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The 21st Century Space Shuttle

Now Flying: Atlantis Glass Cockpit

IMAGE: Eleven new full-color, flat panel display screens in the Shuttle cockpit
Eleven new full-color, flat-panel display screens in the Shuttle cockpit replace older gauges and displays. 

Flying for the first time on Atlantis on mission STS-101, 11 new full-color, flat-panel display screens in the shuttle cockpit replace 32 gauges and electromechanical displays and four cathode-ray tube displays. The new “glass cockpit” is 34 kilograms (75 pounds) lighter and uses less power than before, and its color displays provide easier pilot recognition of key functions. The new cockpit will be installed in all shuttles by 2002, and it sets the stage for the next cockpit improvement planned to fly by 2005: a “smart cockpit” that reduces the pilots’ workload during critical periods.

On STS-101, Atlantis will fly as the most updated space shuttle ever, with more than 100 new modifications incorporated during a 10-month period at Boeing’s Palmdale, Calif., shuttle factory in 1998. Atlantis’ airlock was relocated to the payload bay to prepare for International Space Station assembly flights; the communications system was updated; several weight reduction measures were installed; enhancements were made to provide additional protection to the cooling system; and the crew cabin floor was strengthened. The shuttle Columbia is at the Palmdale factory this year receiving many of the same upgrades, including installation of the new “glass cockpit.”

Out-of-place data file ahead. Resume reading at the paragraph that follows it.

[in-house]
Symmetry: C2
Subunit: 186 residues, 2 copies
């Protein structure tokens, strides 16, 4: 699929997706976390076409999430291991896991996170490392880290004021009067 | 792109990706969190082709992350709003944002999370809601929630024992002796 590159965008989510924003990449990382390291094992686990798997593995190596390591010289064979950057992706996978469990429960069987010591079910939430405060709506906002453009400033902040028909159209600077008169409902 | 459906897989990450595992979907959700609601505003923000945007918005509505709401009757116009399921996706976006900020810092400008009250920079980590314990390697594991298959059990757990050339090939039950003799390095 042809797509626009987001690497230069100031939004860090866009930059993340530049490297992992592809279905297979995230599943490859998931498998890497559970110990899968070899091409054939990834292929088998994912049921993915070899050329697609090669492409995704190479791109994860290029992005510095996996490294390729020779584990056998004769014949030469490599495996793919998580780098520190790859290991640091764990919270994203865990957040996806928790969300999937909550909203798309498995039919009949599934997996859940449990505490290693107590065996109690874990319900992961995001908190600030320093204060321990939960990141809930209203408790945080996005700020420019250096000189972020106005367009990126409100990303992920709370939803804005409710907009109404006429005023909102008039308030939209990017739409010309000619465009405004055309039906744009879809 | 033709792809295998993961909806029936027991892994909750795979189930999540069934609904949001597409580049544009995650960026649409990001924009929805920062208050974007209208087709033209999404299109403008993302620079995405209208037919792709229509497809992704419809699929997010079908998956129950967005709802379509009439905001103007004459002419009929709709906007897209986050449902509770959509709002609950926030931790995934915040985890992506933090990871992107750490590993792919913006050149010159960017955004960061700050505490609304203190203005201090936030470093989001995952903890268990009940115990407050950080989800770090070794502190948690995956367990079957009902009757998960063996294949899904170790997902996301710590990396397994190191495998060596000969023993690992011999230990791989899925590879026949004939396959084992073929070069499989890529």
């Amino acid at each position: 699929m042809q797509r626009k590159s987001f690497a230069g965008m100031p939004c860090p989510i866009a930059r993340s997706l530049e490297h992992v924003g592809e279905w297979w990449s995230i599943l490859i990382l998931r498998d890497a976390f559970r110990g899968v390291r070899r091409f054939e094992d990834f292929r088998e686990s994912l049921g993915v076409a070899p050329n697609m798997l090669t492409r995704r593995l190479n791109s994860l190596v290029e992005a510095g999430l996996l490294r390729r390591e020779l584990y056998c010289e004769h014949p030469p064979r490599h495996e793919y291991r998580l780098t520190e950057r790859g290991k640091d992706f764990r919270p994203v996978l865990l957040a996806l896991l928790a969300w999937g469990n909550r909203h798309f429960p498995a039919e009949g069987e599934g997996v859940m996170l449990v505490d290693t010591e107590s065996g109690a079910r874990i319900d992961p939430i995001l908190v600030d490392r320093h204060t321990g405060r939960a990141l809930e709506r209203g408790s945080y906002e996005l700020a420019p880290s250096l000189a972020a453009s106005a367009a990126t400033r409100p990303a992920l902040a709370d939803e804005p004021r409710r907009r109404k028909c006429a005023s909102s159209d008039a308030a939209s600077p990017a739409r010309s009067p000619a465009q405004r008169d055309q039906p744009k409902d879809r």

IMAGE: Shuttle during ascentToday's Space Shuttle

Since 1992, not only has the cargo capacity of the shuttle increased by 7.26 metric tons (8 tons), the annual cost of operating the shuttle has decreased by 40 percent. Improvements to the main engines and other systems have reduced the estimated risks during launch by over 80 percent. And the number of all actual problems experienced by the shuttle in flight has decreased by 70 percent. Although they have flown for almost 20 years, the space shuttle fleet has used only about a quarter of the lifetime for which it was designed. Discovery, the most flown shuttle, has completed 27 trips to space out of 100 flights originally designed for each shuttle.

Details
Upgrades Video


Former shuttle commander Andy Allen narrates video of "glass cockpit" installation at Boeing's Palmdale, Calif., facility.


Curator: Kim Dismukes | Responsible NASA Official: Amiko Kauderer | Updated: 04/06/2009
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